I'm not going to digress into an exposition of all of the things that the game does differently here -- there are enough ways to find all of that out if you aren't familiar with it yet -- but the one new mechanic that I'll actually touch on is the most significant one: Link's ability to turn into a painting and travel along walls. I will say that the fact that "paintings" are a central theme of the game has always seemed awfully arbitrary to me, and even after playing the game, it still does. As a gameplay mechanic, though, it works pretty well, despite the silliness of the concept itself. Being able to traverse the walls of any room forces you to think about puzzle-solving in a different way than the traditional Zelda formula, and it allows for more creative puzzle design as well.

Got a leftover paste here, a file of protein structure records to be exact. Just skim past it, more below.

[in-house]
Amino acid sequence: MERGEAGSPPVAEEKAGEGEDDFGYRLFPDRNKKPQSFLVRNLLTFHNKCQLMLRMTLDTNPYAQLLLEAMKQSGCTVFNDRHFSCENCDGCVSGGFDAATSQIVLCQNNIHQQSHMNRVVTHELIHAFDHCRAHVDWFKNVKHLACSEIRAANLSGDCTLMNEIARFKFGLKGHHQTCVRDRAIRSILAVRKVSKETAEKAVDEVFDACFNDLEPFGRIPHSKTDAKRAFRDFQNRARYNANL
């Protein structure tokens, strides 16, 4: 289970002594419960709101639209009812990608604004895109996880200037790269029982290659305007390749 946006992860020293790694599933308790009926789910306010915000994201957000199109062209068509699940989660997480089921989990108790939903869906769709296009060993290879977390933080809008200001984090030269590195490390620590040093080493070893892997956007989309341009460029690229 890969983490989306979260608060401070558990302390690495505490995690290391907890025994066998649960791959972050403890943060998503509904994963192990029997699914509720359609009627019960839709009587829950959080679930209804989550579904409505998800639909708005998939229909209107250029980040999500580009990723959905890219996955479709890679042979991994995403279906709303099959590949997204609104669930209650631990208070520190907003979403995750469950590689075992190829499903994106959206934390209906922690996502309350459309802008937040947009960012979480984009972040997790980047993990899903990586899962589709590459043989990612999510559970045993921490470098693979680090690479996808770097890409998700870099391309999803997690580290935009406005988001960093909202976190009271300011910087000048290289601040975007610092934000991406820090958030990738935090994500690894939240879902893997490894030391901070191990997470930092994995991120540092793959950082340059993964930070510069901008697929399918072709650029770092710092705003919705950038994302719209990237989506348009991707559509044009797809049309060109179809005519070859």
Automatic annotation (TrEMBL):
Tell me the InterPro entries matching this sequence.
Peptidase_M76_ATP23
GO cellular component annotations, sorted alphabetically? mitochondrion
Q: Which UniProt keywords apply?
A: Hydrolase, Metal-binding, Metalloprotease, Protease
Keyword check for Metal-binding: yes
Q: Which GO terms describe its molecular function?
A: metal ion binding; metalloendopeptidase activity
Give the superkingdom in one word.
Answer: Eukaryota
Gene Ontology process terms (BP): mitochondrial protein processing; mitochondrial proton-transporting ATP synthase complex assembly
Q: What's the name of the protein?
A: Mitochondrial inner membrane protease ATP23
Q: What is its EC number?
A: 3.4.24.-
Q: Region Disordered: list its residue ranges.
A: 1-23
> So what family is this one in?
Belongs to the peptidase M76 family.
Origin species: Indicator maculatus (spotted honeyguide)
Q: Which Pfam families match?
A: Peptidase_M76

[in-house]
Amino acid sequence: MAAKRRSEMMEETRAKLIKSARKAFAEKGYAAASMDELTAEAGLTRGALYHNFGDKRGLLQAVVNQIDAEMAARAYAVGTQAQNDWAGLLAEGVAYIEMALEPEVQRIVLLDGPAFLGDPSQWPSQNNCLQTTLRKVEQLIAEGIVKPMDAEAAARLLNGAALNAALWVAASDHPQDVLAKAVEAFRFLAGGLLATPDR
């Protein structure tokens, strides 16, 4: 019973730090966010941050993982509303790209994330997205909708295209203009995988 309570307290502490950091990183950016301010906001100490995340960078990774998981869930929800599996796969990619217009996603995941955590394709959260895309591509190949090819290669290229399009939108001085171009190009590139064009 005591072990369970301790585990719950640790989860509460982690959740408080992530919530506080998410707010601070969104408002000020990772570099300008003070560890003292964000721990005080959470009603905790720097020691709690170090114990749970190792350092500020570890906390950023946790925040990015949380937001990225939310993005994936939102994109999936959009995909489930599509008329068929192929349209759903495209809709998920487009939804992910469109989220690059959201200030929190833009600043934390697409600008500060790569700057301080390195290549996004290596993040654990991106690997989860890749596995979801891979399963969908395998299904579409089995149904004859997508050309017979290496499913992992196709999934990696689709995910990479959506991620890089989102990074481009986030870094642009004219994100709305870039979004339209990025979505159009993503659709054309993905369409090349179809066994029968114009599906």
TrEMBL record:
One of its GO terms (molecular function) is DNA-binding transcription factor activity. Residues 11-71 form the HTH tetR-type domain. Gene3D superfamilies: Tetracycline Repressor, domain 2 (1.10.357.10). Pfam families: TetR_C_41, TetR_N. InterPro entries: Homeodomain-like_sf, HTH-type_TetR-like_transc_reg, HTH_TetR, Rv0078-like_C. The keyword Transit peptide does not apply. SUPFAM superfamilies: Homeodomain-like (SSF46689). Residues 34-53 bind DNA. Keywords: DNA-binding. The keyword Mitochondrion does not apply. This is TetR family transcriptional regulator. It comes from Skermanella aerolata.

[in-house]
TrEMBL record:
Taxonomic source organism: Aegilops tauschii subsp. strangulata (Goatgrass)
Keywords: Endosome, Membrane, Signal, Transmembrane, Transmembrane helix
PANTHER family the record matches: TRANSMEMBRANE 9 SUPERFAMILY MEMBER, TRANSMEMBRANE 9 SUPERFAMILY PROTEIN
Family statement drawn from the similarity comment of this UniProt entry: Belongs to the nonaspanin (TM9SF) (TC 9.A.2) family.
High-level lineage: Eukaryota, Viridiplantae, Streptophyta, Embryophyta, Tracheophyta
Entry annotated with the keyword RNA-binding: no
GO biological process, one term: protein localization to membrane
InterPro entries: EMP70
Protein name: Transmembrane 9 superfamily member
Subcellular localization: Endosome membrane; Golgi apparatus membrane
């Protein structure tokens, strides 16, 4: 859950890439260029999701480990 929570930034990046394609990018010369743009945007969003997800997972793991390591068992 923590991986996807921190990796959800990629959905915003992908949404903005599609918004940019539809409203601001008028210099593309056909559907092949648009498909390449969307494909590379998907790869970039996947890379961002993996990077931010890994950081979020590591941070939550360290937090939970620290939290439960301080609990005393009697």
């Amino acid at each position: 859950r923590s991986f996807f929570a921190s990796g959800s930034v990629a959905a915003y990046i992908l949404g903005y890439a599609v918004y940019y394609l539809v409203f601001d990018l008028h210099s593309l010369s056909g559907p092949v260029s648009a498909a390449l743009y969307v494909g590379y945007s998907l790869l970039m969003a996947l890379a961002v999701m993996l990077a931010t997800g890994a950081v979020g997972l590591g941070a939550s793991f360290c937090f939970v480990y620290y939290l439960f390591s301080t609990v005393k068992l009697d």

In short, though I was highly skeptical of the design intent behind its conception, A Link Between Worlds is, in my opinion, a damn good game that not only manages to appeal to my nostalgia without feeling insincere, but also shakes up the series formula in some much-needed ways and provides an excellent Zelda experience from beginning to end. I'm glad I decided to put my shiny new PS4 on hold for a few days to play it, and I'm sure I'll be revisiting it again; it's one of my favorite games of the last few years.

Now, if you'll excuse me, I'll probably be listening to this on loop for the next week...